It is notable that the different portions of the Cha1 deposit (i.e. the portion deposited by normal single-particle sedimentation and the portion experiencing accelerated deposition) are each described by two sub-populations, rather than one. Although log-normal distributions are not necessarily the most appropriate description of a population of fragmented grains (Wohletz et al. 1989), it is clear from the variable asymmetry of the Cha1 grain-size distributions that a single statistical distribution cannot describe every sample. Thus, the occurrence of distinct grain-size populations, even at sites upwind of Yate, appears to be real. This is consistent with observations from other historical eruptions (e.g. Durant and Rose 2009; Durant et al. 2009) and suggests that multiple sub-populations can exist in a deposit without the need for aggregation. Possible explanations for this include distinct populations based on variation in grain type (e.g. pumice, crystals; Bursik et al. 1992; Durant et al. 2009), or vesicularity (i.e. density; Carey and Sigurdsson 1987), discrete eruption phases with overlapping deposition (Watt et al. 2009), and convective instabilities and associated plume stratification derived from the eruption column (Carazzo and Jellinek 2013; Durant 2015). Furthermore, different grain-size populations could be preferentially scavenged during aggregation, depending on the process. For example, in liquid pellets, one population may represent the maximum diameter than can be carried within a liquid drop, and a second, finer-grained population may be carried on the surface as a result of surface tension forces.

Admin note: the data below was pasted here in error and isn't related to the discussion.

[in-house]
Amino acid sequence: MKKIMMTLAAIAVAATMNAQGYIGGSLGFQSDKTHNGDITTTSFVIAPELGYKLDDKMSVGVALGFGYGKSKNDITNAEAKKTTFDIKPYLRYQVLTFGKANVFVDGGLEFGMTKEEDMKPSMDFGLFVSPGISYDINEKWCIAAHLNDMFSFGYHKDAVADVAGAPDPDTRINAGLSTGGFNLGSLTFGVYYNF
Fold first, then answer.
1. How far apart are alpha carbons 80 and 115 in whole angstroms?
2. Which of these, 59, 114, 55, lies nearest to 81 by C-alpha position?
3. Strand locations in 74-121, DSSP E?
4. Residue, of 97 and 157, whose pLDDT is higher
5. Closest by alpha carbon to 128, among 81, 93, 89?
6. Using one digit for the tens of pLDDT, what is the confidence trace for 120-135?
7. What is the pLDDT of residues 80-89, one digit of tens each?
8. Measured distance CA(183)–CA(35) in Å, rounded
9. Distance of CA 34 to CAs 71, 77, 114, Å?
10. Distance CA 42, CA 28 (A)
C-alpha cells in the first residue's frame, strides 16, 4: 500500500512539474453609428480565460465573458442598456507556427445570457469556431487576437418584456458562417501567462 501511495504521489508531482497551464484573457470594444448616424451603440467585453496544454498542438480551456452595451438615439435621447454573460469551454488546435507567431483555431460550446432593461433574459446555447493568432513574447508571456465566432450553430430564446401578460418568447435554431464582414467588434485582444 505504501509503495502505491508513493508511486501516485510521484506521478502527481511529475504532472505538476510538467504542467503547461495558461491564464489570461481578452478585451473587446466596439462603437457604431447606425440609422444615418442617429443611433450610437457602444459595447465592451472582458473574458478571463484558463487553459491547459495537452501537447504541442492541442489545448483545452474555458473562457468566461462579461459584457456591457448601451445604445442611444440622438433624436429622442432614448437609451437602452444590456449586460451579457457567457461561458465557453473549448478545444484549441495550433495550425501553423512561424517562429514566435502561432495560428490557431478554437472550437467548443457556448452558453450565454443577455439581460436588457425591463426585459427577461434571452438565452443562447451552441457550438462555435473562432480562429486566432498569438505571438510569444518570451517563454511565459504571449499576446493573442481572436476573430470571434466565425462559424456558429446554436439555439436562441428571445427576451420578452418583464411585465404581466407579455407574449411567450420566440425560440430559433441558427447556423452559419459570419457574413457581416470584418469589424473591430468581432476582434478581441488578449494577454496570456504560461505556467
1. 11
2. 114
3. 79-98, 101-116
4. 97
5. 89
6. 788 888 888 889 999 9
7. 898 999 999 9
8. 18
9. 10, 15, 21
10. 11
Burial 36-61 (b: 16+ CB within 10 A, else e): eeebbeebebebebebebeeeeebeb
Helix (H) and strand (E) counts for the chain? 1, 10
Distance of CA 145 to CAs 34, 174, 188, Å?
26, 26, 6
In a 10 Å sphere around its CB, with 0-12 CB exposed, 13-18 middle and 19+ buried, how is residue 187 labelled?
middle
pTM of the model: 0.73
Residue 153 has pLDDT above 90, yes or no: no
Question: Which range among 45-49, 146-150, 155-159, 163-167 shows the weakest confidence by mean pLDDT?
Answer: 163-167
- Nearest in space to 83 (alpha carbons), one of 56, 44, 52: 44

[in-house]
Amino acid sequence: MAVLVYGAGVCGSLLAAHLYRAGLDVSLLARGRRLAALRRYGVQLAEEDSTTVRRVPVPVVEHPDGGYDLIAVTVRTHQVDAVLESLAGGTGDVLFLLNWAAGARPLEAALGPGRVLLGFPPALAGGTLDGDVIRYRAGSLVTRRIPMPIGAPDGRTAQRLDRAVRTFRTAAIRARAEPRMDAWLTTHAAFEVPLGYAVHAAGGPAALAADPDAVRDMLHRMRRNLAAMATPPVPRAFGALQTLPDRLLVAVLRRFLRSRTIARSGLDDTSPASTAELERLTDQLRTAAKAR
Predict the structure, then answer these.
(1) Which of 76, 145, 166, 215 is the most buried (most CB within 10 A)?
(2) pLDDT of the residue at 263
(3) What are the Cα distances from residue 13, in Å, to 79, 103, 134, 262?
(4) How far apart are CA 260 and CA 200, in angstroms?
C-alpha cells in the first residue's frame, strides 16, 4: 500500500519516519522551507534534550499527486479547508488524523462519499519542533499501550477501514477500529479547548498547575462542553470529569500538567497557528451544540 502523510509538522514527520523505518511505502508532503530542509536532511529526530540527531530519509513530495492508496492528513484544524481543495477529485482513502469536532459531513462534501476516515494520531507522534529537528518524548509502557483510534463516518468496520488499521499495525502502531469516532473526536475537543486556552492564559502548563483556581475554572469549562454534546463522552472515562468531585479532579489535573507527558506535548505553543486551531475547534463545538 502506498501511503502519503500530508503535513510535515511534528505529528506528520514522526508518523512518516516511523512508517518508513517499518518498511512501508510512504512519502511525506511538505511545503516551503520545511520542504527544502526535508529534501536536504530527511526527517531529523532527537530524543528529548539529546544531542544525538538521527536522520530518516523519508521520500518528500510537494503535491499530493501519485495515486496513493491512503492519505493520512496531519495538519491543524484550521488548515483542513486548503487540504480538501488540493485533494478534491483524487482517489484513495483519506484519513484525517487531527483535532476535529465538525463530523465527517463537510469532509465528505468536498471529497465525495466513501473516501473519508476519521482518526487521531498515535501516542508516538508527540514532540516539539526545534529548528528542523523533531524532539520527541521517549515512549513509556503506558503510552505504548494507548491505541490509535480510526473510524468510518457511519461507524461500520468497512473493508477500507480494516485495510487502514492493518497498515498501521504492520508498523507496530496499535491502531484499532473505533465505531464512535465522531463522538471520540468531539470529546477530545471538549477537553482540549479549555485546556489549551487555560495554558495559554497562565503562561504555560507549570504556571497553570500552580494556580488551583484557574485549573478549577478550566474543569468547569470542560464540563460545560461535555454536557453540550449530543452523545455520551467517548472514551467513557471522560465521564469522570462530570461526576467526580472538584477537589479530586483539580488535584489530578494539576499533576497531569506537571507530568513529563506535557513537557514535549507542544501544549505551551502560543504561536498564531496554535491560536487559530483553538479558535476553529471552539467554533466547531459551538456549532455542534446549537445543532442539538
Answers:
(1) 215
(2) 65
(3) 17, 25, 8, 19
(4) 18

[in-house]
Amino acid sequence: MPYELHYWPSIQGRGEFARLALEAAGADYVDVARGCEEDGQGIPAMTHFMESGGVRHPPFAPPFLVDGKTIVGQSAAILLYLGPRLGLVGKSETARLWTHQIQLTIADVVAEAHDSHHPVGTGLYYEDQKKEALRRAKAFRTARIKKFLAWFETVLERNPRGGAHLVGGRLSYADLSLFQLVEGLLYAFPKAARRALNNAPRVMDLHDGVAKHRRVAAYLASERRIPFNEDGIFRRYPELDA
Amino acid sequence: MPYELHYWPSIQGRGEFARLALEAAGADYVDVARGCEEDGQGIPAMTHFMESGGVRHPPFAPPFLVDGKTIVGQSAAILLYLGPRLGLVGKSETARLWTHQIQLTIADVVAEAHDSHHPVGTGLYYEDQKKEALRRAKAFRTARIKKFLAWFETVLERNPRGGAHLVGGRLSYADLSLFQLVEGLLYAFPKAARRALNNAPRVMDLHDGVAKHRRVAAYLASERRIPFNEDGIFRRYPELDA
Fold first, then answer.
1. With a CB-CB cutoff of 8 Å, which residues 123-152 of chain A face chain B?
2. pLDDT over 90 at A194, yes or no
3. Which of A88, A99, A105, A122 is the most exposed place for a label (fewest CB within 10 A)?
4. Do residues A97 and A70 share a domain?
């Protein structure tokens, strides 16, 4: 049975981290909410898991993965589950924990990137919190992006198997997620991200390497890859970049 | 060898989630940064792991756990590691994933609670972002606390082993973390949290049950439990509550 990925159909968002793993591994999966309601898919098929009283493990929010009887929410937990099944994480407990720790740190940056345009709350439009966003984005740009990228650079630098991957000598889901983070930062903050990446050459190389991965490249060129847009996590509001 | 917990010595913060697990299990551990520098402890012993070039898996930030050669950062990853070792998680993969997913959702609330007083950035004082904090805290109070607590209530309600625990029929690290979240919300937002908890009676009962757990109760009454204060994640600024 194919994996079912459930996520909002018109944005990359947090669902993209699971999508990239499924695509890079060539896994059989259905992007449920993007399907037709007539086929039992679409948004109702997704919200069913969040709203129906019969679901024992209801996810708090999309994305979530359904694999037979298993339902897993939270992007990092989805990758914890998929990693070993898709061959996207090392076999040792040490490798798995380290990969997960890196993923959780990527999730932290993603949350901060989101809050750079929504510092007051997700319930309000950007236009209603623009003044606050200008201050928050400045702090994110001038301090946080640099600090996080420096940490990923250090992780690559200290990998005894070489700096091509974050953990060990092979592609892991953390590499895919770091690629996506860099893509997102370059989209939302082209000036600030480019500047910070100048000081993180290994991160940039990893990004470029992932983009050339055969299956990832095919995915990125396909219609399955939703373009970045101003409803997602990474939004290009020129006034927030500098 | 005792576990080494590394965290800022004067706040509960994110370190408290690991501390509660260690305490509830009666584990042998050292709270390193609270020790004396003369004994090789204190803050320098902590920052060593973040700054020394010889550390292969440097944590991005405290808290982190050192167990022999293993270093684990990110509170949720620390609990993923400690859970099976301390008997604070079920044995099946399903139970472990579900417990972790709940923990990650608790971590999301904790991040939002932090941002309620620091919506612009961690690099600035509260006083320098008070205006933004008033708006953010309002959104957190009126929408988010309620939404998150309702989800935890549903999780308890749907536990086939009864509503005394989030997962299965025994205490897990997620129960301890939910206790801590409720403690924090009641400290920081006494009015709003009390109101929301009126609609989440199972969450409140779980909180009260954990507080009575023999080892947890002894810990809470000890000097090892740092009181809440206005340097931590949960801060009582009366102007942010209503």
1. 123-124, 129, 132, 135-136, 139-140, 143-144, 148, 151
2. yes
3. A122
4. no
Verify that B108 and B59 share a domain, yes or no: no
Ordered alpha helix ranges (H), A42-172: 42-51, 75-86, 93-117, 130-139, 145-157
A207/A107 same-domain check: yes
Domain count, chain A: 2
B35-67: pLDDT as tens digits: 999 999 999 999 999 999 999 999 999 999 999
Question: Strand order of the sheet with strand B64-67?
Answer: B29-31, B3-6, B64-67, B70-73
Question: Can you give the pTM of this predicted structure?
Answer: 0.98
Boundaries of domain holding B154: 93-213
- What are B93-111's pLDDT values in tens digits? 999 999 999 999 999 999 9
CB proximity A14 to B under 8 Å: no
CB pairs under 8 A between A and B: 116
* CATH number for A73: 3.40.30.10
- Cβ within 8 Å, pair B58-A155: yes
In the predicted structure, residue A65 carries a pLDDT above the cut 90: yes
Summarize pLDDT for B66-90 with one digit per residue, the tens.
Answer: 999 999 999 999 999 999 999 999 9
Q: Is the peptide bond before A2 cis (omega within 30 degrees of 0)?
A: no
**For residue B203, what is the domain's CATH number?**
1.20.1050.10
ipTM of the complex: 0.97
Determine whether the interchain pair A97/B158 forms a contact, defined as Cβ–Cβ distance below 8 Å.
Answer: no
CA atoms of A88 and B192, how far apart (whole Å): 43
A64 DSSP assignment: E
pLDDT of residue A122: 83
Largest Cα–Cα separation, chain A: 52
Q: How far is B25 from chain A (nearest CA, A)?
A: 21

The dispersal and fallout of tephra following explosive volcanic eruptions has major impacts on human activities, including the disruption of air transport (Prata and Tupper 2009) and impacts on infrastructure (Wilson et al. 2012) and human health (Horwell and Baxter 2006). Mitigating such impacts relies, in part, on accurately forecasting patterns of tephra deposition. This requires constraints on all processes that influence the atmospheric residence time of particles. In addition, accurate reconstruction of past events, an important component of hazard assessments, relies on knowledge of the processes that produced the preserved deposits.